Death spurs shark protection debate
A WA shark expert has warned politicians against a knee jerk reaction to shark mitigation strategies as State and Federal leaders come to blows following the deadly attack on a teenage Singleton surfer.
Tributes flowed at the weekend for 17-year-old Laeticia Brouwer who was killed by a suspected great white shark while surfing at Kelp Beds near Esperance last week.
Her death sparked a week of heated debate coinciding with a senate inquiry examining a range of different shark mitigation measures that modern technology can offer.
On Sunday Mark McGowan stood by his claim that culling sharks “doesn’t work” as he said the Government would instead focus on providing subsidised personal deterrents for surfers and divers.
That position was attacked by Federal Canning MP Andrew Hastie who said more drastic measures were needed to protect ocean users.
“I’m disappointed with the way the State Government has responded so far, by reflexively ruling out many sensible actions,” he said
“We don’t need a State Government controlled by green ideology, and I hope Premier McGowan will sit down with the Federal Government to explore all options reasonably. My preference is to have them (great white sharks) removed from the threatened species list, and to see their numbers reduced through managed shark fishing. All options should be on the table to keep West Australians safe.”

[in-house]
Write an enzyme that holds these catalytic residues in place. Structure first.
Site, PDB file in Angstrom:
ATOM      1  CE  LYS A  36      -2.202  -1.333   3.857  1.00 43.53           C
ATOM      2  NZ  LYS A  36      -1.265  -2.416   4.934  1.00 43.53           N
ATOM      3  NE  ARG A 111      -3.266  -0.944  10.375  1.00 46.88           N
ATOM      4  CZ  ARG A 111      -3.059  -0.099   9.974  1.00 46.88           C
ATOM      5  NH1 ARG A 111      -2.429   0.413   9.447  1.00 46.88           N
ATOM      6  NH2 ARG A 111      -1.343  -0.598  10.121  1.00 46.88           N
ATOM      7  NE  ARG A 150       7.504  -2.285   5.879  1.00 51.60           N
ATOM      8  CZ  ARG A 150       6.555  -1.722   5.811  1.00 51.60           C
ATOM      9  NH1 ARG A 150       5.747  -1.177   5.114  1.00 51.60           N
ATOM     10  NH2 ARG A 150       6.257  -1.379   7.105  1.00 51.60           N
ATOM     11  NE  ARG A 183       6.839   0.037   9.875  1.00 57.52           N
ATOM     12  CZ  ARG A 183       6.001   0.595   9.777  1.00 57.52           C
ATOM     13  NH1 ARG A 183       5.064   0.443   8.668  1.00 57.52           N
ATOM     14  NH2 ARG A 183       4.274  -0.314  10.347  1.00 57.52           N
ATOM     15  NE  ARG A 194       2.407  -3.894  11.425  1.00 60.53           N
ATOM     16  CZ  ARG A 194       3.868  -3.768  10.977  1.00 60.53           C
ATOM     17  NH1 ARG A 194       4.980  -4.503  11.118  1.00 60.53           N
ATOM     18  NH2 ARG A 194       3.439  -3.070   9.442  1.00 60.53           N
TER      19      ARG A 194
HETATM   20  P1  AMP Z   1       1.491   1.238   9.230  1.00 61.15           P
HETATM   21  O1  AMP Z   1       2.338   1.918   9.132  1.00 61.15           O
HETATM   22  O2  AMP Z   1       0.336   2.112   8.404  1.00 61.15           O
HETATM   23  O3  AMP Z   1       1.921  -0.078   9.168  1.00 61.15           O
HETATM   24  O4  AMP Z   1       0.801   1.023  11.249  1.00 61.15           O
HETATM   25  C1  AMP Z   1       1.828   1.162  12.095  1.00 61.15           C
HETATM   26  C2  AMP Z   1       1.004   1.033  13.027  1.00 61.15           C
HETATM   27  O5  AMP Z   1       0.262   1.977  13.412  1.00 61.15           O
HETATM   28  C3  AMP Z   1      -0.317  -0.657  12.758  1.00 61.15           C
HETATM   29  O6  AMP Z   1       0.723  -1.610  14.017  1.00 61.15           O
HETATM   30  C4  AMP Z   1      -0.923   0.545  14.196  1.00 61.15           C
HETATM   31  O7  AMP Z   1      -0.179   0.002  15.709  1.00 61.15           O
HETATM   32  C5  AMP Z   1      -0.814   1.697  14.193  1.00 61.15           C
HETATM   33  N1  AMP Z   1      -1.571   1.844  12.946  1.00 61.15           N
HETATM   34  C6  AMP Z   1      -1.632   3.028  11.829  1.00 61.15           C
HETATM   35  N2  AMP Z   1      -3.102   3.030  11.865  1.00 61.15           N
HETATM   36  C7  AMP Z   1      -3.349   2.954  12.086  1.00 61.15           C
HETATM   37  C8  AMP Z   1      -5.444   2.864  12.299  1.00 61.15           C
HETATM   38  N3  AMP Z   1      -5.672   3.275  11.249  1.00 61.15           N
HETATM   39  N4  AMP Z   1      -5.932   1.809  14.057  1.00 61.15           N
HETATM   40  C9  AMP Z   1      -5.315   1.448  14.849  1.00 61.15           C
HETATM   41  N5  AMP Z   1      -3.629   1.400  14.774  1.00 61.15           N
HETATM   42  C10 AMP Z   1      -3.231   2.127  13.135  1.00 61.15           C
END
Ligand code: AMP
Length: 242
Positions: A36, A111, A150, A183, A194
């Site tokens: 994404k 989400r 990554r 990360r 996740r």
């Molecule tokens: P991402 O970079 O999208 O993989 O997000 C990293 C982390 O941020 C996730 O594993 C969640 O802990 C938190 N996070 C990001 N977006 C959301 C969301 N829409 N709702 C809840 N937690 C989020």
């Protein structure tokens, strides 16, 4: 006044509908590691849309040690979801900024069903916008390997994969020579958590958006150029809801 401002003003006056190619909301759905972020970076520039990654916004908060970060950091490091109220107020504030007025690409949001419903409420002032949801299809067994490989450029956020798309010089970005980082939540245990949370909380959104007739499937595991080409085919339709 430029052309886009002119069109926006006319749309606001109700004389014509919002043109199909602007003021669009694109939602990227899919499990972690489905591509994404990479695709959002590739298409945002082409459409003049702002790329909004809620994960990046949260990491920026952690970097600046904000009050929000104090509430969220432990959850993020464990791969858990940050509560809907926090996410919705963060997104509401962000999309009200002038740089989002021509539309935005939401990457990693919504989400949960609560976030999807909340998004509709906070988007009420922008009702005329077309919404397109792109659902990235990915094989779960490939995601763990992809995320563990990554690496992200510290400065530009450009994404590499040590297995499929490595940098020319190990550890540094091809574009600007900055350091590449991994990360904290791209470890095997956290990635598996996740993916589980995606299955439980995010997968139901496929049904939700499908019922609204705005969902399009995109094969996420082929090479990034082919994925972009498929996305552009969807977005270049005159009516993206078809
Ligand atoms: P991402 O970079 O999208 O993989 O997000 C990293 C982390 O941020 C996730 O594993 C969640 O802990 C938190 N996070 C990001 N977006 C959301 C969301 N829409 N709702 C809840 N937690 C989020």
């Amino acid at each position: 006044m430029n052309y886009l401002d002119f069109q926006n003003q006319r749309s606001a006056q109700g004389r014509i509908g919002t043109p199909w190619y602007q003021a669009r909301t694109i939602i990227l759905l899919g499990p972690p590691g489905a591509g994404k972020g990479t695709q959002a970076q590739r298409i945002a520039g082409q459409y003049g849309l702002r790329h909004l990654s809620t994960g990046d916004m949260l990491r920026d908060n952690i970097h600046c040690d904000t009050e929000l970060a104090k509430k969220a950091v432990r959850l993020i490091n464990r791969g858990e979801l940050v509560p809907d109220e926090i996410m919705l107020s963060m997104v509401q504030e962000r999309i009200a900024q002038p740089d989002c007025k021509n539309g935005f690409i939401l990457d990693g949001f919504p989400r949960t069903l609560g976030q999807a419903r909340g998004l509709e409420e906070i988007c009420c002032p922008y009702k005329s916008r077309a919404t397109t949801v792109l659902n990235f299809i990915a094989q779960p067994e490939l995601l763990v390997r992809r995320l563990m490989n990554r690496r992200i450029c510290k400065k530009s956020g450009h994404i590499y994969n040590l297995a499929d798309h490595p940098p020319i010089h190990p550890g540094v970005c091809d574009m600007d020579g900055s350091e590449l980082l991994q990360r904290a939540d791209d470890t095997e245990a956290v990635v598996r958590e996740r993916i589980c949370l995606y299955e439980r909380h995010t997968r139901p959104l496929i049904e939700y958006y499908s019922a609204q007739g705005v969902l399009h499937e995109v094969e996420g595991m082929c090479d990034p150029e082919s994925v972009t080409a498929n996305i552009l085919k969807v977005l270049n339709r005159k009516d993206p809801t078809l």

Professor Jessica Meeuwig from the University of WA’s Oceans Institute participated in the Senate inquiry and gave evidence against the effectiveness of drum lines and culling measures.
She said during the four-month trial of drum lines, 173 tiger sharks were caught with no evidence to suggest the measure stopped great white attacks.
“Spending money on things that don’t make us safe, like drum lines, and not funding the things that help us understand what’s going on is not a very smart decision,” she told the Telegraph.
“We keep hearing that those who oppose lethal methods don’t value human lives and that’s just not true.
“What we have to do is find non-lethal techniques that recognise the value of having healthy populations of apex predators in our oceans while reducing the risk for those who spend time in our waters.
“We also have to note that you can’t eliminate the risk entirely, any more than you can of spinal injuries in surfing.”
Prof. Meeuwig said she supported the use of long-range drone technology which was a cost-effective way of monitoring the WA coastline.
A three-month South West drone trial which saw Surf Life Saving WA officers deploy the technology at Secret Harbour recently concluded with project manager Peter Scott “pleased” with the early results.
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